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  • Bookrolls and Scribes in Oxyrhynchus
  • Efrosyni Stigka
William A. Johnson . Bookrolls and Scribes in Oxyrhynchus. Toronto: University of Toronto Press, 2004. Pp. xiv, 371. $84.00. ISBN 0-8020-3734-8.

The aim of Johnson's impressive book is to find information about the production and use of classical literature in its original context. For the study of the bookroll, i.e., the papyrus roll that contains literary texts, he [End Page 67] coins the term "voluminology." The papyrus roll as an artifact has attracted little attention in the past and, when it has, the scope for examination has been very limited (see 5 for a bibliography of past work on this subject). Johnson has collected and closely analyzed a sample of over four hundred bookrolls preserving extant literary texts, all published in The Oxyrhynchus Papyri (vols. 1–61). Of these, 317 come from the Oxyrhynchus site (appendix 1A) and 95, Ptolemaic and Roman, from elsewhere (appendix 1B); he calls them "the comparison sample," as he intends to check the relationship of the Oxyrhynchus papyri to other papyri of the same period (Roman) but of different provenance and also to earlier bookroll traditions (Ptolemaic). He announces that his examination has led to the discovery of essential differences in the rules that govern the production, aesthetics, and usage of codices and papyri. One nevertheless misses an illustrative example among the magnificent plates at the back of the book when, e.g., Johnson refers to the "rakish lean" as a deliberate design feature in papyri. Since the glossary serves the nonspecialists, the phrase could also be defined there.

For all the book's intention to target the layman, it remains of interest mainly to specialists. Johnson's work consists primarily in measuring the physical details of the papyri: these were neither regularly reported nor systematically measured by the first editors. He describes his way of measurement, explains the terminology, and proceeds to the supplementation and correction of previous readings,1 some of which prove the (neglected) consistency of a given scribe. After this technical groundwork, Johnson goes on to trace the relationship between dimensions, genre, and script, and how these changed over time.

Since "the detailed history of the bookroll is an urgent desideratum," Johnson proceeds to four case studies which investigate the conventional scribal habits and features of the bookroll and distinguishes them from idiosyncratic tendencies or from what could be part of the paradosis. He does this first through examining papyri written by the same scribe (identified by the unusual script). The sample is not large, but he observes that scribes were remarkably consistent in the column width, both in the same roll and also when copying texts of different prose genres, making it likely that scribes must have used a tool of measurement. He then uses some examples of scribal error to discover how scribes copied from their exemplar. Although line-by-line copying can be deduced in some examples (41), he thinks that the evidence favors neither line-by-line nor column-to-column copying, without, though, telling us what the usual pattern was.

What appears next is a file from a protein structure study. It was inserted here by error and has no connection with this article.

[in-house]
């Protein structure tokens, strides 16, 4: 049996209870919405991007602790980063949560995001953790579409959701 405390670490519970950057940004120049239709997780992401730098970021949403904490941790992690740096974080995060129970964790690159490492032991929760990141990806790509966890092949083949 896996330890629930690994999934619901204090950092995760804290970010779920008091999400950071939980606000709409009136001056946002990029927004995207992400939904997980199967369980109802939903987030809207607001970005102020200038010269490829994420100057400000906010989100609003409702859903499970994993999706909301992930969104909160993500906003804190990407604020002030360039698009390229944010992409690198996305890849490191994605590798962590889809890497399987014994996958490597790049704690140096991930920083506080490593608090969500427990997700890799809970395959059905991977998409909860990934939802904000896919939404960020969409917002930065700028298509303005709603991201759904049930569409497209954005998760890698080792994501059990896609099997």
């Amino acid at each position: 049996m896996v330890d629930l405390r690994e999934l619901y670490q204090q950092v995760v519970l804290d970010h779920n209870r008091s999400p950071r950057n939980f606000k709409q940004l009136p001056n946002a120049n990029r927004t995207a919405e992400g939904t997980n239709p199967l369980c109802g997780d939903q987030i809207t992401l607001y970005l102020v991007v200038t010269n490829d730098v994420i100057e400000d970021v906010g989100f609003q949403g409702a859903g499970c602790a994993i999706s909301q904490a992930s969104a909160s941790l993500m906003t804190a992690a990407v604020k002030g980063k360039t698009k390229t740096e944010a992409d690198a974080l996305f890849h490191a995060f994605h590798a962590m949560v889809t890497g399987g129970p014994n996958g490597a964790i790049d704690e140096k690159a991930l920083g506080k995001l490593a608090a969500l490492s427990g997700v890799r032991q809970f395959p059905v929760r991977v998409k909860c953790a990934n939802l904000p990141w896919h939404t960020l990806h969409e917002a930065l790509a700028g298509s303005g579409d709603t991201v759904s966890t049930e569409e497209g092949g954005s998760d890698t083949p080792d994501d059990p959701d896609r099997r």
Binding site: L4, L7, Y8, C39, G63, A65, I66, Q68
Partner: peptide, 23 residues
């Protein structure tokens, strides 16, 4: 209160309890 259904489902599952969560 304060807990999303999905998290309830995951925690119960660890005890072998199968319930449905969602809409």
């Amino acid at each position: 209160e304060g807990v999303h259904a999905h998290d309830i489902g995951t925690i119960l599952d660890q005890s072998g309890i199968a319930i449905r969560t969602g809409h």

Chapter 3 unpacks the formal characteristics of the papyrus roll. Johnson examines what appears to have been the conventional scribal behavior: when writing a roll, the scribe did not pay attention to the kollemata (joins of papyrus sheets), although the quality and the placements of the joins revealed the quality of the papyrus. Johnson tries to establish that the vertical tilt (Maas' law) is a deliberate aesthetic effect by tracing dots which mark [End Page 68] the slant of the margin (pl. 9). Photographs are not provided for all the examples, and, when they are, the occurrences are disputable; sometimes dots mark neither the leading of the lines (distance from base line to base line) nor the column slant. Maas' law is nevertheless persistent in the Ptolemaic and early Roman era, but the infrequent occurrence of ruling dots, combined with the mutilation of the papyri, obscures their function.

The rest of the chapter examines the dimensions of the column. Johnson notes that of all the prose genres, philosophical texts (and not oratorical ones, as is generally assumed) seem to be written in...